Shearwater: Swooning, Screaming, Disappearing

Shearwater returns simultaneously stronger and more vulnerable than ever with Rook, promising to be the only hit of the summer still standing once the humidity has withered everything else away.

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by Alex V. Cook, Music Editor for outsideleft.com
originally published: June, 2008
The singer disappears into the song by the act of singing it.

Shearwater
Rook
(Matador)

For some, summer is a firecracker, popping suddenly, invoking revelry and escape. I, however live in a place where summer is a constant companion for months after its first arrival, often more palpable a presence than the company one keeps, a haunting, sweaty manifestation of melancholy. That first breeze of hot air makes everyone suddenly look up with a twinge of it's coming.

The breeze on which Jonathan Meiburg floats in Shearwater's Rook is a really a heat radiating off the songs in barely visible waves. "On The Death of the Waters" has him nearly crumbling like a dried leaf when all of a sudden, a flash flood of (comparatively) deafening guitar sweeps him up in a glorious rush. A herd of buffalo, a neutron bomb, a desperate kiss - that is what that instrumental supernova is, briefly blinding you and then receding like a hallucination.

It's a great way to start a great album, especially when the rest of the songs maintain more static textures. "Rooks" has all the hallmarks of extended listening to Cat Power's "Cross-Boned Style"(a practice in which I myself have engaged) adding some majestic trumpet work in for sauciness. "Leviathan, Bound," in contrast, has Meiburg twittering and occasionally howling in the guilded song cage in which he is ensconced, and "Home Life" displays him and tender and broken from his imprisonment. A lot of different artists lately are successfully mining this rich vein of hushed tension - Iron & Wine, Antony and the Johnsons, Andrew Bird to name a few - but none of them have Meiburg's gentle touch with instrumentation nor do they let their voices fly as much majestic, ego-less, melodrama. This tension between a powerful voice and a pressure cooker of sound is what made Frank Sinatra's autumnal albums so great, and is a sure-fire formula here. The singer disappears into the song by the act of singing it.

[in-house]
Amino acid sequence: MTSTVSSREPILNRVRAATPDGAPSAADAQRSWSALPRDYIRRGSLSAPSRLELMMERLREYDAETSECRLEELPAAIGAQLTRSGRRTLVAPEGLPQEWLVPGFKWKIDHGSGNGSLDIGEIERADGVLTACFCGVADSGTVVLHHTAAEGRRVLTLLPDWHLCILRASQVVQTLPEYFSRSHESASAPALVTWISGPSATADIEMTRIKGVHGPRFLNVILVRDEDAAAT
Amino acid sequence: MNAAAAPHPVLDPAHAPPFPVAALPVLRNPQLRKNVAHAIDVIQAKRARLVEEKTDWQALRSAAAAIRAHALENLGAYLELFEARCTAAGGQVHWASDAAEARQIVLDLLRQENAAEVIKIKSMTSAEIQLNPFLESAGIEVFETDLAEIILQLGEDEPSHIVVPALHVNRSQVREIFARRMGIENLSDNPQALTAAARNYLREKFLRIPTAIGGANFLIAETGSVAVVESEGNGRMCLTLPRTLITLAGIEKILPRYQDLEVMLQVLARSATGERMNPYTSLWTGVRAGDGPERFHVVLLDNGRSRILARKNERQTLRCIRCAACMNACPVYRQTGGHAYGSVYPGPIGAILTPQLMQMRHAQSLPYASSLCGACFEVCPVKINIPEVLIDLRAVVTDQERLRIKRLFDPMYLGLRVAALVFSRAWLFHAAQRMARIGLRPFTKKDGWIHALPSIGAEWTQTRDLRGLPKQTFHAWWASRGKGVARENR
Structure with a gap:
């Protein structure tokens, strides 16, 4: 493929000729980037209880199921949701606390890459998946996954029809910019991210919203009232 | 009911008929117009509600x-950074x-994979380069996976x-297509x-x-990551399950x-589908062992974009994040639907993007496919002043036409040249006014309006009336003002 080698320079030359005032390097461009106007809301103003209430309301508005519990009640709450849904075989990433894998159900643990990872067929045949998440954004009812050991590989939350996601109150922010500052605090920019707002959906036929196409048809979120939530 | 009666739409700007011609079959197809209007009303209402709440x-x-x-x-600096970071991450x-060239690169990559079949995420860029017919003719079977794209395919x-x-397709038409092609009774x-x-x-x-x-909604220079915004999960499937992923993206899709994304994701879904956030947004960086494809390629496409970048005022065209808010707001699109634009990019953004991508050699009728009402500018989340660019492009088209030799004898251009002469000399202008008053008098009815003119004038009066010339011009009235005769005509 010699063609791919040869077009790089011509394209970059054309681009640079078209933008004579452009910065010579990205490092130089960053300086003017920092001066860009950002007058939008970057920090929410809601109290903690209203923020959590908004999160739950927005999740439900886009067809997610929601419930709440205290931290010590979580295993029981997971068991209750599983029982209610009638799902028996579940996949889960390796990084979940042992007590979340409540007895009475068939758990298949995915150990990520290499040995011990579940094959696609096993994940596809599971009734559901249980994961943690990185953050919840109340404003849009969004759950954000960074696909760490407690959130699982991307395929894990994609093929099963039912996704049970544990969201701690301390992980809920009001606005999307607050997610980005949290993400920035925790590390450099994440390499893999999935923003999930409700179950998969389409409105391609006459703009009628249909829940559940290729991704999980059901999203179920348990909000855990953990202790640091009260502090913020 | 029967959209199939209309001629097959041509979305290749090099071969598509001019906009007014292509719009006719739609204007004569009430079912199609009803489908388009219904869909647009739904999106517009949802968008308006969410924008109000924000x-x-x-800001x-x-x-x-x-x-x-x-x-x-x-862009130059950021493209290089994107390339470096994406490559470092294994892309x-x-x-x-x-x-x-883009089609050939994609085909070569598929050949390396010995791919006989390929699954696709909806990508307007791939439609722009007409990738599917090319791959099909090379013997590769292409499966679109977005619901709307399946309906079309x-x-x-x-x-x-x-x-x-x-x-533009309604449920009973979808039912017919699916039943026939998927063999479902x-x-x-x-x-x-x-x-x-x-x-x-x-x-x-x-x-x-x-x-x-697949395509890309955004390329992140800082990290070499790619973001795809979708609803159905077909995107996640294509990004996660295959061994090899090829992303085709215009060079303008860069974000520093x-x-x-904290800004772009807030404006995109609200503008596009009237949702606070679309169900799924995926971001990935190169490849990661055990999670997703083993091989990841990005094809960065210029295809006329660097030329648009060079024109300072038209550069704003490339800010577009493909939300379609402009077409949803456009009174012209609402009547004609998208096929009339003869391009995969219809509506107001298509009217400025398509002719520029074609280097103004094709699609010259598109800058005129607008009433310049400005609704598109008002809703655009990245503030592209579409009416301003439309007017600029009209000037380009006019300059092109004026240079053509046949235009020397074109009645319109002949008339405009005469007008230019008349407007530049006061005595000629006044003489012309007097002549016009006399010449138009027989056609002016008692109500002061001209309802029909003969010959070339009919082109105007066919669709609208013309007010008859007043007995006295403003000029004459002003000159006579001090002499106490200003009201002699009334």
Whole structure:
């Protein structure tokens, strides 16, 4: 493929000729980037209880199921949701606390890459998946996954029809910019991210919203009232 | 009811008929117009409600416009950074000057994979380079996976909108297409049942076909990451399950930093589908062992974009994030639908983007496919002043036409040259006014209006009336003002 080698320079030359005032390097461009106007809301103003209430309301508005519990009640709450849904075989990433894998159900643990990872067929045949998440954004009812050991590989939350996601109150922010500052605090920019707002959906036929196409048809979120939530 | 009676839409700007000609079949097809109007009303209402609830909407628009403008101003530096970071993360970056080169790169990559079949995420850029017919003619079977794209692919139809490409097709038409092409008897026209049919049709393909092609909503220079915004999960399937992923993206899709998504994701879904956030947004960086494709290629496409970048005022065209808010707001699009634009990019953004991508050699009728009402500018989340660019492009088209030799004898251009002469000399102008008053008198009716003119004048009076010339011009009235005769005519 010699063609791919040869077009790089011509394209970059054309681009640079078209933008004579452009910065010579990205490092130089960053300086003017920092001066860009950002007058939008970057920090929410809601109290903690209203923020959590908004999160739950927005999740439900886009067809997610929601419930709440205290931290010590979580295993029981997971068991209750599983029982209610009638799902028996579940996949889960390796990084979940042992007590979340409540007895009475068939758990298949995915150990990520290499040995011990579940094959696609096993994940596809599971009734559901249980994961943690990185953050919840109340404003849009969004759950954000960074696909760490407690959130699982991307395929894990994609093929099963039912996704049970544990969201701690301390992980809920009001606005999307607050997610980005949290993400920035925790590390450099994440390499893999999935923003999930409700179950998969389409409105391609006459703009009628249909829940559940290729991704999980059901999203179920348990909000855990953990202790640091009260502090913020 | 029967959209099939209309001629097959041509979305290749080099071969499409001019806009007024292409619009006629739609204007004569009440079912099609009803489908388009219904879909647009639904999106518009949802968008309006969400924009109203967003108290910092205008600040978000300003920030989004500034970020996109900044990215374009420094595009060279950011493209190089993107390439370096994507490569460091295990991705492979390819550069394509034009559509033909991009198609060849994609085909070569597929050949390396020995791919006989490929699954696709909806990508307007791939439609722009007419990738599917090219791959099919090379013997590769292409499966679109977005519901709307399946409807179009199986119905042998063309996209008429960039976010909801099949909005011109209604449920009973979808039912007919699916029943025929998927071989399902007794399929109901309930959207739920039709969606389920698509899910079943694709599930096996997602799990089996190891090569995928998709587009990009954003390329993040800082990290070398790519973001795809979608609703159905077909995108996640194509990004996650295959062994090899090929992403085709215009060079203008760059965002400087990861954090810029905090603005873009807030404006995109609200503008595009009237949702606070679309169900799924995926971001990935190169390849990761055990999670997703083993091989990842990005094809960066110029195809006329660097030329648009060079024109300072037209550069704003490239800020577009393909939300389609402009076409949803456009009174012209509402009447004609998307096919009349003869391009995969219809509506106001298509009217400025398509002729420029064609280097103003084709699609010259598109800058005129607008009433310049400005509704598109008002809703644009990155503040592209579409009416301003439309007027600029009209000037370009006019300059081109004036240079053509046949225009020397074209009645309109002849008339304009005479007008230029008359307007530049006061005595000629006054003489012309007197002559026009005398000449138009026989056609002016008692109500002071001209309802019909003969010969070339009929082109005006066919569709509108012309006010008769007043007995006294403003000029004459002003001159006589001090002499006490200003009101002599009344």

Are you getting the impression that I love, love, love this record? I do. Each walk through it reveals some small detail I failed to notice before, something else that only reinforces endearment, and that is as good a definition of love as there is. The whining screech of the violins deep in the distance of the pastoral string bed at the beginning of "Lost Boys" is like a cry for help, but soon enough you are too swept up in the song's intoxicating gaze to rescue it. The melodies of this song fold like a blanket being put away for the hot season.

"Century Eyes" is a song I want to hand to anyone extolling the virtues of Andrew Lloyd Weber, and believe it or not there are extollers out there. It h as all the bombast of a Big! Musical! Number! complete with killer hooks that sneak in around the scenery, yet the whole thing manages to hold together as threatens to shake apart. And for as orchestral as "Central Eyes" is, "I Was a Cloud" is as intimate. Meiburg coos in that soft part of your brain, weakened by humidity and doldrums, the canticle of guitar and harp moving in absent time with the ceiling fan spinning overhead.

"Sought Col" is an abrasive instrumental interlude of electrical hum and skin being slowly torn away to expose the quivering flesh underneath, building up to a blinding high tone that leaves spots everywhere, as if you looked at the sun. It's an odd but necessary rickety bridge bringing us to "The Snow Leopard," the elegiac penultimate fulcrum of this record. "The Snow Leopard" rides a growing wave like many of the other songs on this record, but the force in that wave is exploited rather than mediated as it slowly approaches shore, with Meiburg cooing his warnings swept up in its crest. Trumpets blare! Cymbals crash! Piano keys are pounded, and then... the water recedes revealing nothing and the seas are once again calm, the beach empty. The sweet piano and voice over the subdued brushed percussion and strings in the final track "The Hunter's Star" zoom out from this seashore scene farther and farther until we are in the blackness of space, hurtling away from everything we know toward a brilliant mysterious future.

Alex V. Cook
Music Editor

Alex V. Cook listens to everything and writes about most of it. His latest book, the snappily titled Louisiana Saturday Night: Looking for a Good Time in South Louisiana's Juke Joints, Honky-Tonks, and Dance Halls is an odyssey from the backwoods bars and small-town dives to the swampside dance halls and converted clapboard barns of a Louisiana Saturday Night. Don't leave Heathrow without it. His first book Darkness Racket and Twang is available from SideCartel. The full effect can be had at alex v cook.com

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